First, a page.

My job as an extended care teacher
When I was an undergraduate, I worked at a private elementary school as a second and third grade extended care teacher. This was probably one of my favorite jobs growing up.
I am a very relational person, and thus a very relational teacher. I heard once that students are not going to learn from you if they don’t like you, and I could not agree more.
I formed a close relationship with the majority of my students, but looking back, there are three that continue to stand out and inspire me. (I am going to change their name, since I am not as close to their parents).
- Jenny, a second grader at the time. She was full of sass, but also very quiet and respectful. My goal for her was to get her to lighten up. I could tell she was one of those students with the pressure to be perfect on the mind. Sometimes she was just too cool for me. I made an effort to talk to her every day, to smile a little extra when she was frowning, and eventually she started coming to talk to me first.
- Bobby, a third grader. Bobby was the class clown. He loved to make people laugh and smile, but sometimes he got a little too disruptive. When he got in trouble, he took it personally. It was hard to scold him because Bobby truly wanted to please everyone, he never tried to be disrespectful. In fact, Bobby was always one of the genuinely helpful students in the class. Anything to make you smile.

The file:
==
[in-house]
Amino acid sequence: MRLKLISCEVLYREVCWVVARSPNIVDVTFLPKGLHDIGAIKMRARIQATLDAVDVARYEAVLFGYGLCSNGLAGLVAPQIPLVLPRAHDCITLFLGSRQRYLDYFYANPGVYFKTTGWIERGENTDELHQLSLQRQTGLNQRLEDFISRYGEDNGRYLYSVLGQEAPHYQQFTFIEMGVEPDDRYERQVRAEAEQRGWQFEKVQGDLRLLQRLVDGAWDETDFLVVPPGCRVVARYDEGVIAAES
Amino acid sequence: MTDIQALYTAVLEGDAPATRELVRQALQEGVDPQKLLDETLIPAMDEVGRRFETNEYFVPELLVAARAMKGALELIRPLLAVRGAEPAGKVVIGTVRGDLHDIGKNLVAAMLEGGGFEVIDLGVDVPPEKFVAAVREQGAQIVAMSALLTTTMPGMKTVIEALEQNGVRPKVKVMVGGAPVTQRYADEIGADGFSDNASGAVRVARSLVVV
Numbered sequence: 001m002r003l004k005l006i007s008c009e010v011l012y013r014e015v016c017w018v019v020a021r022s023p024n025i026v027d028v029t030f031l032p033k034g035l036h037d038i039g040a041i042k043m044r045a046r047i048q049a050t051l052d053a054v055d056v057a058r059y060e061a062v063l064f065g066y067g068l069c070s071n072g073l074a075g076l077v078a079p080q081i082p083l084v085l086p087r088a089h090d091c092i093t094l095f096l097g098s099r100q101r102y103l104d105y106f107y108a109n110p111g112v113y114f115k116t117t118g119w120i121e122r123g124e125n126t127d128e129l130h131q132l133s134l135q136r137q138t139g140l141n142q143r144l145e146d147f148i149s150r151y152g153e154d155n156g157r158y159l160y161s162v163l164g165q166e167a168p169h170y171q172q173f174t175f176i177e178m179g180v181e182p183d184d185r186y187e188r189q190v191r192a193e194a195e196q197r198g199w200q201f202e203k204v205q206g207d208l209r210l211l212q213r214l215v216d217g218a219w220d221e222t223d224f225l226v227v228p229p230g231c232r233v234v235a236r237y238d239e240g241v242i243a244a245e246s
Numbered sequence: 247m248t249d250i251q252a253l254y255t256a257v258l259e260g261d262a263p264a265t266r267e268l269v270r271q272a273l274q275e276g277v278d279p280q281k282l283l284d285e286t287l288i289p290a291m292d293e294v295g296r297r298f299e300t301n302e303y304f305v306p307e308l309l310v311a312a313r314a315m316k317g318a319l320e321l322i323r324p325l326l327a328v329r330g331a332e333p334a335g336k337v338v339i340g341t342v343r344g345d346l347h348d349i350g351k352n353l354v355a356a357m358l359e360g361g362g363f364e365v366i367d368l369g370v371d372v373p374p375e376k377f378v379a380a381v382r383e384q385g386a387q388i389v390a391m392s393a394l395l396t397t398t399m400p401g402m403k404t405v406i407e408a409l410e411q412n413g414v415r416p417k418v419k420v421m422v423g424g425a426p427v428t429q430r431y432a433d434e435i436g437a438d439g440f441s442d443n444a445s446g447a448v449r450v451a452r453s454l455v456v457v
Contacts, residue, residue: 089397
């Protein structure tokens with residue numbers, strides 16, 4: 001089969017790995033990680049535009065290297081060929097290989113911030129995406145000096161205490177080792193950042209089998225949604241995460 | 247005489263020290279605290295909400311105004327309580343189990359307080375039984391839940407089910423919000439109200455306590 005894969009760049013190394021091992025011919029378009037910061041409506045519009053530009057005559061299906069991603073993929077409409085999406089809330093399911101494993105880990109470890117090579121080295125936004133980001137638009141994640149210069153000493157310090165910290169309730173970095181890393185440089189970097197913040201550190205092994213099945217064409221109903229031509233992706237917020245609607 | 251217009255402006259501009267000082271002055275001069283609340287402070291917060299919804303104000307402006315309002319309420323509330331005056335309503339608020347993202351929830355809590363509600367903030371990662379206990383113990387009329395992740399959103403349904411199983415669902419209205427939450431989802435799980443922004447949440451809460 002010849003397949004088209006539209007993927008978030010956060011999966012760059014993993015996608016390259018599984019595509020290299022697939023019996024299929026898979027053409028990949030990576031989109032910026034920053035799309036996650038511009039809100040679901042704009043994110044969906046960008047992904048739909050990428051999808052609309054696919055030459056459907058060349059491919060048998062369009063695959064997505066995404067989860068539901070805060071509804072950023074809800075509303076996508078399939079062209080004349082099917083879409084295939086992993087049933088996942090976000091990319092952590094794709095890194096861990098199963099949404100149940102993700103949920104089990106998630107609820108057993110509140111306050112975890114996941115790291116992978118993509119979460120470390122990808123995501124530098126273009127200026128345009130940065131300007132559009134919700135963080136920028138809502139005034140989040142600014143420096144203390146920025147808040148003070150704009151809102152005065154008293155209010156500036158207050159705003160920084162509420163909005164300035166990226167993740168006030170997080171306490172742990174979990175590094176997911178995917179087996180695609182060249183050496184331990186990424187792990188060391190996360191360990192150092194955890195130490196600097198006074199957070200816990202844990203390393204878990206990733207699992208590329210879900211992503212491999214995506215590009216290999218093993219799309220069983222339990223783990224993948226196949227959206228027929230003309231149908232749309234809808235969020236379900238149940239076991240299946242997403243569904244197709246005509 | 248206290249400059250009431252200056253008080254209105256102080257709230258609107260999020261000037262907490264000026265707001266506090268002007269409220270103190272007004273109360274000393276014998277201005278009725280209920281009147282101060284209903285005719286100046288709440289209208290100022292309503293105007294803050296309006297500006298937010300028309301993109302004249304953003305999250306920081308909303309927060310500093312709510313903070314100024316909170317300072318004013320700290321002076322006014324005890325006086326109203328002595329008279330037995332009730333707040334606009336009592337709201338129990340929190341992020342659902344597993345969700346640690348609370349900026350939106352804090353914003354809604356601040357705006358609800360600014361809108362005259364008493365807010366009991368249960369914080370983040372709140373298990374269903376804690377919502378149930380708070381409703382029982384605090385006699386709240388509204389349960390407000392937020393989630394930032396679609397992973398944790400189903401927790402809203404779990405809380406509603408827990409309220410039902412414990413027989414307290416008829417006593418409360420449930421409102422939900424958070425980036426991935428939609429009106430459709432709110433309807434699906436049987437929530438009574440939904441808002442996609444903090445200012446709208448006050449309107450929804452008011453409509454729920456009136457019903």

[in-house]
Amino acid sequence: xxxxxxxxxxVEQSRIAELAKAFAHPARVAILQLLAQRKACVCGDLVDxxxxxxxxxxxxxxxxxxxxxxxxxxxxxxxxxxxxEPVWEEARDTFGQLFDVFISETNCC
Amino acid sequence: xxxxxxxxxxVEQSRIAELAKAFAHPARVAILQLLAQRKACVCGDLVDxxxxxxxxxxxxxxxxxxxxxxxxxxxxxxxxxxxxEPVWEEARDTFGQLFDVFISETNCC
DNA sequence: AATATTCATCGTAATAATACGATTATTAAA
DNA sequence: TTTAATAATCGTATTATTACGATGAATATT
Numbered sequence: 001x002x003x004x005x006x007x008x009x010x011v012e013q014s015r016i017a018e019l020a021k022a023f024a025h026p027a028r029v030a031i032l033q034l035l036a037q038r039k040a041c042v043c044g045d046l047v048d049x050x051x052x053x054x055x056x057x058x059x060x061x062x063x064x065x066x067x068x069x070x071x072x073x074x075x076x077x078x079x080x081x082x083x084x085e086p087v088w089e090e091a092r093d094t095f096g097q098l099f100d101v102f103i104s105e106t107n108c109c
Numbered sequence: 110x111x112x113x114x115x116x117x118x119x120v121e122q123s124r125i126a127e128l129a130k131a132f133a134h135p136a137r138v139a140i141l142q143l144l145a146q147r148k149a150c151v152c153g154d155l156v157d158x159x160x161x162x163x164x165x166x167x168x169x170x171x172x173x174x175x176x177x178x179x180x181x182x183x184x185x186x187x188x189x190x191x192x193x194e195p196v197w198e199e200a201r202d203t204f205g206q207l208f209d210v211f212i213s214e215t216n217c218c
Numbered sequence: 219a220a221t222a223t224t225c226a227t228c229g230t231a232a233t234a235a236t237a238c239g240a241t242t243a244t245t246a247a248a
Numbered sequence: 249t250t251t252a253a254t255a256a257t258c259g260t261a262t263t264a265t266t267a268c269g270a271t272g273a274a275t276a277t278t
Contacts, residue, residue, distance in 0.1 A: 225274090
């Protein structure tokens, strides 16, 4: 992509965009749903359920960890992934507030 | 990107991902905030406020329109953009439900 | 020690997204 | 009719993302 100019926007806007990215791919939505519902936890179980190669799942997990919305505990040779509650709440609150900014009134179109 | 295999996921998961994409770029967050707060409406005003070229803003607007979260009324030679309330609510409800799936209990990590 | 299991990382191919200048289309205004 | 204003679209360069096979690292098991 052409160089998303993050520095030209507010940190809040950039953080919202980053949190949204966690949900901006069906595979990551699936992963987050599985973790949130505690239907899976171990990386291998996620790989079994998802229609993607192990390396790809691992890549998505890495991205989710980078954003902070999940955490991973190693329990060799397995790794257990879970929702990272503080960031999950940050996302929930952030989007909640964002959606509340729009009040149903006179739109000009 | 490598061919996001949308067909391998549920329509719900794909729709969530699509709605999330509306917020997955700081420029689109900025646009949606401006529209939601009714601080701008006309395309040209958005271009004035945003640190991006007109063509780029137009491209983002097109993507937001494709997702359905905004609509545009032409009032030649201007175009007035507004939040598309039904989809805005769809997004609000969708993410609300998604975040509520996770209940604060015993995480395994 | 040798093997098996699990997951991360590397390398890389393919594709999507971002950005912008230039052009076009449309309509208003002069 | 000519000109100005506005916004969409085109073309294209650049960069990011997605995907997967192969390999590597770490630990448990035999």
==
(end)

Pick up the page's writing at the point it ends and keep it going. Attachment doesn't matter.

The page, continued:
- Jonny, a third grader. He was the one ALWAYS getting into trouble. Again, he was not a bad kid, he just did not like to listen. I eventually learned to ignore the bad things he did and praise him for the good. (Unless, of course, the bad things were really bad; they usually weren’t). He was a kid that always got into trouble, and it did not seem to help anything. However, the more I praised him, the more I saw him try to achieve more.
So, let’s review:
- Jenny, the perfectionist
- Bobby, the people pleaser
- Jonny, the trouble maker
The reasons for the inspirations
Why do these kids stand out to me so much? It could be because I invested a lot of my energy into helping each one of them see the good in their hearts.
- “Jenny, it’s okay to be silly sometimes. Who cares what they think!”
- “Bobby, I still think you’re great, even if I did tell you to settle down for a moment.”
- “Jonny, way to be a great listener today.”
However, I think the reason these students really stand out to me is because I see a little bit of myself in each of them. I am the perfectionist, I am the chronic people pleaser, and I do not like to listen to other people. (Does anyone?) Growing up, I really struggled with these qualities- they are stressful! The older I get, the more I am learning not to care what other people think of me. I truly just want to be the best version of myself, someone who makes me happy AND other people happy.
The lesson- love first
One of my classmates and fellow bloggers, Aileen, posted a picture of a quote that said: “Be the person you needed when you were younger.” How true. I wish someone came to me when I was younger and told me that everything was okay, that I did not have to worry so much about perfection.
Each of those three kids is my reminder to be the example that I needed when I was younger. As a nanny, my priority is to love first. A good day is when my kids smile at me. A great day is when they learn something that helps them grow into the best version of themselves. Scolding them gets me nowhere, but loving them always leads to a great day.